Reviews

Boston Herald

Author: Tom Kielty
08/12/2007 | Boston Herald | Feature
CHICAGO - Tokyo Police Club, which you can see at the Middle East in Cambridge tonight, is a high-energy rock band riding a tsunami of MySpace and blog support. In many ways, its members were just average high school kids when they first picked up instruments.

"It was just something to do on Friday nights," said keyboardist Graham Wright, recalling weekend nights in the Toronto suburb of Newmarket as he sat backstage with drummer Dave Alsop after a a performance at the Lollapalooza Festival.

"Some kids would go to parties and some kids would go out to clubs in the city. We would go to (guitarist Josh Hooks') basement, order pizza, and jam."
It seemed likely the group's members would go their own ways after graduating from high school, most likely on to college. Singer/bassist Dave Monks went to McGill University in Montreal, where the first piece of the Tokyo Police Club puzzle fell into place.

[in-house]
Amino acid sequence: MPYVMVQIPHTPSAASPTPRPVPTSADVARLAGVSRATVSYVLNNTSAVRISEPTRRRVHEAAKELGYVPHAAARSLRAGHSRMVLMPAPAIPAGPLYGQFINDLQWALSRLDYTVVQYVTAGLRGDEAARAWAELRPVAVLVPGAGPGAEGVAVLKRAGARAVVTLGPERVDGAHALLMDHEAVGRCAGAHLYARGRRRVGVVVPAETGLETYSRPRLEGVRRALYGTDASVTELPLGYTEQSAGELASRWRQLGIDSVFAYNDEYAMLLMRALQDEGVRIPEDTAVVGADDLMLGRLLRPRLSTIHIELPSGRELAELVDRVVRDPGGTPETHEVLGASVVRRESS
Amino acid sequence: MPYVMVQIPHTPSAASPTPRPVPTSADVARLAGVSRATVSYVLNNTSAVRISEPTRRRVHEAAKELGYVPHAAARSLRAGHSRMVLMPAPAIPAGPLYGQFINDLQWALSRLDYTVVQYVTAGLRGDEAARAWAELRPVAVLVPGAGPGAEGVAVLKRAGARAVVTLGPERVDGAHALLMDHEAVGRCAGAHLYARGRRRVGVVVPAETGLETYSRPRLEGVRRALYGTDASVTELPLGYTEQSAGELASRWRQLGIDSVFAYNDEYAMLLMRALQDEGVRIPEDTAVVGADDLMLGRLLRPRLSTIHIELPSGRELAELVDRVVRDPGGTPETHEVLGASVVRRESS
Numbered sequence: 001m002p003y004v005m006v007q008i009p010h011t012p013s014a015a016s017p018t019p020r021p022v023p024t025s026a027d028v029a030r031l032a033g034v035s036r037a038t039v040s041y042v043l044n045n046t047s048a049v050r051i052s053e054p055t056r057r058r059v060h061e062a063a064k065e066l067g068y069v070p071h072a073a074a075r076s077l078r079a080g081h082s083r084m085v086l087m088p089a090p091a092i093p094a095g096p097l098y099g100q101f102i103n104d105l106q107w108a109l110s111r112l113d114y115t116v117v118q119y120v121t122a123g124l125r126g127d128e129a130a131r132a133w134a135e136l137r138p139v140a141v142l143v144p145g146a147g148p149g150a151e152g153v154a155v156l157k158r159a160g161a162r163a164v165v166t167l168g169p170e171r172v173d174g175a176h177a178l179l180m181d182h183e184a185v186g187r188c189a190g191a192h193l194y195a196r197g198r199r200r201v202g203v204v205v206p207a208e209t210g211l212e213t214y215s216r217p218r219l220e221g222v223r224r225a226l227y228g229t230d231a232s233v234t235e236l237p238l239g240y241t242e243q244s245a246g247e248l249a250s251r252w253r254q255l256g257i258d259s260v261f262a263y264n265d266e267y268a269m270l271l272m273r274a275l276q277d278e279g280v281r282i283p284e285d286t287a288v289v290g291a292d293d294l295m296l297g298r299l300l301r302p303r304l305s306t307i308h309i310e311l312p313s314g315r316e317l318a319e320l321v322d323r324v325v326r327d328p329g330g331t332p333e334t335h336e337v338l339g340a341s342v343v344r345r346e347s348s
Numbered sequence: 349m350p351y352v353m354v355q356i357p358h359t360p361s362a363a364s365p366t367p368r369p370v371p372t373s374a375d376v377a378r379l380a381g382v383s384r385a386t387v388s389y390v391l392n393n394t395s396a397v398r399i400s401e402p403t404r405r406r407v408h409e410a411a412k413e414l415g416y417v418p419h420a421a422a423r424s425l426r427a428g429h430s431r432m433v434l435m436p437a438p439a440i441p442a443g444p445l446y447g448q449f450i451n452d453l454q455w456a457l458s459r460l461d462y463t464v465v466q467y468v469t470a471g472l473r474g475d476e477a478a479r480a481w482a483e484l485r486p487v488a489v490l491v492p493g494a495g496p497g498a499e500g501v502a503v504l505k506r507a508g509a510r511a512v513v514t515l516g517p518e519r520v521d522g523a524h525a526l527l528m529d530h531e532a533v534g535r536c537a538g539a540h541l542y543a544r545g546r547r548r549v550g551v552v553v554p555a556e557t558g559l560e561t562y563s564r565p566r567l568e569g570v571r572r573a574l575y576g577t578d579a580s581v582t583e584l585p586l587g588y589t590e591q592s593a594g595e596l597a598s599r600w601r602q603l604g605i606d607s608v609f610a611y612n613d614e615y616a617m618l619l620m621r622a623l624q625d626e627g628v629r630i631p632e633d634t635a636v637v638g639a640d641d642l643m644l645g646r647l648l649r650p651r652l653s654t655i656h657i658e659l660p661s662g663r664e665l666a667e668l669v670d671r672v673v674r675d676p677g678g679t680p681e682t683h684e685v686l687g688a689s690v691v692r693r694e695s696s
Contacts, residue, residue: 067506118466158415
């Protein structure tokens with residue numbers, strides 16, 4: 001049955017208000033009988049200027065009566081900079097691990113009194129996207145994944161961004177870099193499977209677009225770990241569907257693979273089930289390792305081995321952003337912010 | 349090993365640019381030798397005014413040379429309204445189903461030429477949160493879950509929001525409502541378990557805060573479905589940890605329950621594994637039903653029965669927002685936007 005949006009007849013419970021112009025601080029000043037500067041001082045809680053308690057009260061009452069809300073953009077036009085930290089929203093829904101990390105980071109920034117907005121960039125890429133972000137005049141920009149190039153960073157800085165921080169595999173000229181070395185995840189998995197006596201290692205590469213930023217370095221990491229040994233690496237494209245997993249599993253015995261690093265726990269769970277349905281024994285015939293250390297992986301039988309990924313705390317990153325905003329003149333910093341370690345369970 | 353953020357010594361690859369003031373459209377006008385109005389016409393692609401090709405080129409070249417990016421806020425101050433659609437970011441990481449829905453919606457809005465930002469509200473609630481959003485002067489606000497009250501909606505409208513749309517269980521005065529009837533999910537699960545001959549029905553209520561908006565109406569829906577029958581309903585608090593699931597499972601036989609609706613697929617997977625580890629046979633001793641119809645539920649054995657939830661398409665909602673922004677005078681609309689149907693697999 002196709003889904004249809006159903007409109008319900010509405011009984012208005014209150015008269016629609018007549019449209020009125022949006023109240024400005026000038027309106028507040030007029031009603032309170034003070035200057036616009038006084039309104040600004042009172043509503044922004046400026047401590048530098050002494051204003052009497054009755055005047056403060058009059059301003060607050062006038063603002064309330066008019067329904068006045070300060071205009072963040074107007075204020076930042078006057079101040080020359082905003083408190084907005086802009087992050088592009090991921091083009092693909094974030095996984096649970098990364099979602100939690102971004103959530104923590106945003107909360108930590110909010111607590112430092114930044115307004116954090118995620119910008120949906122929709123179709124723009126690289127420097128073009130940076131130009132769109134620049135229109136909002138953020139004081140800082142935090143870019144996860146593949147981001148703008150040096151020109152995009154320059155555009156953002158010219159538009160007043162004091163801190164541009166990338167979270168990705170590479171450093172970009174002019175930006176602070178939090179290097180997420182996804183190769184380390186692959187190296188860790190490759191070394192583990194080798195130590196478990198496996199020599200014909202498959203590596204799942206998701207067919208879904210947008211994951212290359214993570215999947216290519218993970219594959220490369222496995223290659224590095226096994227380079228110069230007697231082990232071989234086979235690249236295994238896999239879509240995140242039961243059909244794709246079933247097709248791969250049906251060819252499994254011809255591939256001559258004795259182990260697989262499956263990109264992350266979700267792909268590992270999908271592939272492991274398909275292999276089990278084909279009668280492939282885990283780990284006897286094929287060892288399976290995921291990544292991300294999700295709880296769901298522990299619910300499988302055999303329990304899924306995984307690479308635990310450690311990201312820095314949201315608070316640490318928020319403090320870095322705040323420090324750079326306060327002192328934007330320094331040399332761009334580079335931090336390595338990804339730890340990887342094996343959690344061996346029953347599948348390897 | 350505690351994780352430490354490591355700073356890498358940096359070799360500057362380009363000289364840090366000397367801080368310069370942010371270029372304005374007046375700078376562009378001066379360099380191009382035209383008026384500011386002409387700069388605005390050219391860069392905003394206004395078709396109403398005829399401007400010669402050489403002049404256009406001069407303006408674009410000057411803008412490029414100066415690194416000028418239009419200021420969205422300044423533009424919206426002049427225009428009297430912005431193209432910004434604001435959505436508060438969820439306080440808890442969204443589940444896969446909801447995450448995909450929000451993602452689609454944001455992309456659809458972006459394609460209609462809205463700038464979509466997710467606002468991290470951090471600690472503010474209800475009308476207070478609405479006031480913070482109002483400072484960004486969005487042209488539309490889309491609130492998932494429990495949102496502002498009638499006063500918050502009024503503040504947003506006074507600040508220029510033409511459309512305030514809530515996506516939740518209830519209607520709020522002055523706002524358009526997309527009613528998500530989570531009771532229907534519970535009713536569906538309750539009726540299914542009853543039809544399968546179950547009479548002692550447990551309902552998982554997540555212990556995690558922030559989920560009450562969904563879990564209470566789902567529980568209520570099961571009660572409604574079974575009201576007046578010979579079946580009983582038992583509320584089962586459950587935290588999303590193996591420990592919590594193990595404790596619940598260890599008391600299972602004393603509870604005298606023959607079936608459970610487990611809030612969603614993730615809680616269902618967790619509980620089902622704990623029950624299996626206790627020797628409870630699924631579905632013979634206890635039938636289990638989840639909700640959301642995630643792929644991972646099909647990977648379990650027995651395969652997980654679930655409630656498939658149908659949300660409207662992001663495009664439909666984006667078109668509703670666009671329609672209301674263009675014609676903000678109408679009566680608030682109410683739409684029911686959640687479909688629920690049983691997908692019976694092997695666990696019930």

It was there the band played the 2005 Montreal Pop Festival, a show its members point to as instrumental in their career. The band's relentless guitar attack drew a sold-out house and ignited a buzz.

"It was kind of like our first real show where we didn't have to beg people to come, although we did," Alsop said with a laugh. "That was where we decided maybe we could be pursuing this as a career and not just a hobby."

A deal with Canadian indie label Paper Bag Records to release their brash 17-minute EP, "A Lesson in Crime," furthered the dream. This didn't make it any easier to tell their parents that college was no longer a priority.

"Our parents are teachers, both of us," Wright said. "The other two guys' parents were cool about it, but our parents were not thrilled."

Tours with the likes of Art Brut and Cold War Kids and an appearance on "The Late Show With David Letterman" cemented the idea that they might have a future in music.

"Things like 'Letterman,' that show was huge because it's familiar to them," Alsop said of winning parental approval. "From there they go and tell their friends who say, 'Oh, I get it. So they're doing OK.' "

With a deal with influential indie label Saddle Creek and plans to record its debut full-length CD in September, Tokyo Police Club is doing way better than OK.


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